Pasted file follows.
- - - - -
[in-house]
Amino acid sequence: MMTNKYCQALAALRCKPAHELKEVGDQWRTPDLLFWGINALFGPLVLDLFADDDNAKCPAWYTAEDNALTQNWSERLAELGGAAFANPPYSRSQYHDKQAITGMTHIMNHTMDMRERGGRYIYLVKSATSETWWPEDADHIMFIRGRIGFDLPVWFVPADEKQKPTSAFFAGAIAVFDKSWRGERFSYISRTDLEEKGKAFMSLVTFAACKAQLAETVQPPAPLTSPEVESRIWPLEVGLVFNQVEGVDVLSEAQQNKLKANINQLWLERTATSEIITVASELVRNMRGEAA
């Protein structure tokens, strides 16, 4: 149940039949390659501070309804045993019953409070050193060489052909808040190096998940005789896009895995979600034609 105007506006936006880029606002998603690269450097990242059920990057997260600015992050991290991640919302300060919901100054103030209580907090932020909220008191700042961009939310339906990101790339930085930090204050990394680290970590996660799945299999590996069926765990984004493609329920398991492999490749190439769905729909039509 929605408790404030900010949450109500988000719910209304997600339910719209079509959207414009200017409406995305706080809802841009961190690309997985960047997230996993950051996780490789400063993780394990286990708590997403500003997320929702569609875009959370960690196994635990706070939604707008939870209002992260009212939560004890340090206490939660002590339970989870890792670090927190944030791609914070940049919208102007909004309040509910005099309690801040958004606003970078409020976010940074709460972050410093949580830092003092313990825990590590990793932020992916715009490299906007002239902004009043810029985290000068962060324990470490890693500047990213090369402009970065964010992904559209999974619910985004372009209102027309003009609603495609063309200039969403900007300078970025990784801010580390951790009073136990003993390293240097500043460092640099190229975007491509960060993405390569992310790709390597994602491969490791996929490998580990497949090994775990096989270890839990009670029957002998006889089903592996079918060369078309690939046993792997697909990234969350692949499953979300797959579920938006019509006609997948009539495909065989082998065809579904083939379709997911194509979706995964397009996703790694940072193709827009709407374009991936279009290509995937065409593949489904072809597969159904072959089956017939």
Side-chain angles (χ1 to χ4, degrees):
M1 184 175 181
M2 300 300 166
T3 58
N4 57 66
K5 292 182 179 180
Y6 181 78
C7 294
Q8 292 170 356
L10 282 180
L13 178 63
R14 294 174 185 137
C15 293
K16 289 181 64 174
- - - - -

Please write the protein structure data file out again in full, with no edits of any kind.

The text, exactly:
[in-house]
Amino acid sequence: MMTNKYCQALAALRCKPAHELKEVGDQWRTPDLLFWGINALFGPLVLDLFADDDNAKCPAWYTAEDNALTQNWSERLAELGGAAFANPPYSRSQYHDKQAITGMTHIMNHTMDMRERGGRYIYLVKSATSETWWPEDADHIMFIRGRIGFDLPVWFVPADEKQKPTSAFFAGAIAVFDKSWRGERFSYISRTDLEEKGKAFMSLVTFAACKAQLAETVQPPAPLTSPEVESRIWPLEVGLVFNQVEGVDVLSEAQQNKLKANINQLWLERTATSEIITVASELVRNMRGEAA
């Protein structure tokens, strides 16, 4: 149940039949390659501070309804045993019953409070050193060489052909808040190096998940005789896009895995979600034609 105007506006936006880029606002998603690269450097990242059920990057997260600015992050991290991640919302300060919901100054103030209580907090932020909220008191700042961009939310339906990101790339930085930090204050990394680290970590996660799945299999590996069926765990984004493609329920398991492999490749190439769905729909039509 929605408790404030900010949450109500988000719910209304997600339910719209079509959207414009200017409406995305706080809802841009961190690309997985960047997230996993950051996780490789400063993780394990286990708590997403500003997320929702569609875009959370960690196994635990706070939604707008939870209002992260009212939560004890340090206490939660002590339970989870890792670090927190944030791609914070940049919208102007909004309040509910005099309690801040958004606003970078409020976010940074709460972050410093949580830092003092313990825990590590990793932020992916715009490299906007002239902004009043810029985290000068962060324990470490890693500047990213090369402009970065964010992904559209999974619910985004372009209102027309003009609603495609063309200039969403900007300078970025990784801010580390951790009073136990003993390293240097500043460092640099190229975007491509960060993405390569992310790709390597994602491969490791996929490998580990497949090994775990096989270890839990009670029957002998006889089903592996079918060369078309690939046993792997697909990234969350692949499953979300797959579920938006019509006609997948009539495909065989082998065809579904083939379709997911194509979706995964397009996703790694940072193709827009709407374009991936279009290509995937065409593949489904072809597969159904072959089956017939």
Side-chain angles (χ1 to χ4, degrees):
M1 184 175 181
M2 300 300 166
T3 58
N4 57 66
K5 292 182 179 180
Y6 181 78
C7 294
Q8 292 170 356
L10 282 180
L13 178 63
R14 294 174 185 137
C15 293
K16 289 181 64 174